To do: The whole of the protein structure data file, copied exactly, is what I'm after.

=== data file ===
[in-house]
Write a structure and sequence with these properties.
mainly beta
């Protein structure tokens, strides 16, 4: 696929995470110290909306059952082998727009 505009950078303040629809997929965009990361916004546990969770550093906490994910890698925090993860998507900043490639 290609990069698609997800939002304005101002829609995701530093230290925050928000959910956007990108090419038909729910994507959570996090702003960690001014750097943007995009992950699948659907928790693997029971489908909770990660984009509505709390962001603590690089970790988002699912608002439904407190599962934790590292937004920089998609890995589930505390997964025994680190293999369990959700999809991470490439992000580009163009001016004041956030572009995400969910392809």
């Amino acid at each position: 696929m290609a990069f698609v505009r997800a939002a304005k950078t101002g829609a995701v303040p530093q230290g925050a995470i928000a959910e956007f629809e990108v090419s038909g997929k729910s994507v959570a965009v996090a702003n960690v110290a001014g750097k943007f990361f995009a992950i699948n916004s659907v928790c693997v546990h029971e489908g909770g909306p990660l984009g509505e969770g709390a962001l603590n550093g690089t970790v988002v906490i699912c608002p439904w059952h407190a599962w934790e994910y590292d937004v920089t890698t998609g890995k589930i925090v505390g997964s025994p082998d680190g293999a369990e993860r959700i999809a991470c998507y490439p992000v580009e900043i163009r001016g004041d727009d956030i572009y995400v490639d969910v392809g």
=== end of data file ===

[in-house]
Write a structure and sequence with these properties.
mainly beta
């Protein structure tokens, strides 16, 4: 696929995470110290909306059952082998727009 505009950078303040629809997929965009990361916004546990969770550093906490994910890698925090993860998507900043490639 290609990069698609997800939002304005101002829609995701530093230290925050928000959910956007990108090419038909729910994507959570996090702003960690001014750097943007995009992950699948659907928790693997029971489908909770990660984009509505709390962001603590690089970790988002699912608002439904407190599962934790590292937004920089998609890995589930505390997964025994680190293999369990959700999809991470490439992000580009163009001016004041956030572009995400969910392809």
């Amino acid at each position: 696929m290609a990069f698609v505009r997800a939002a304005k950078t101002g829609a995701v303040p530093q230290g925050a995470i928000a959910e956007f629809e990108v090419s038909g997929k729910s994507v959570a965009v996090a702003n960690v110290a001014g750097k943007f990361f995009a992950i699948n916004s659907v928790c693997v546990h029971e489908g909770g909306p990660l984009g509505e969770g709390a962001l603590n550093g690089t970790v988002v906490i699912c608002p439904w059952h407190a599962w934790e994910y590292d937004v920089t890698t998609g890995k589930i925090v505390g997964s025994p082998d680190g293999a369990e993860r959700i999809a991470c998507y490439p992000v580009e900043i163009r001016g004041d727009d956030i572009y995400v490639d969910v392809g």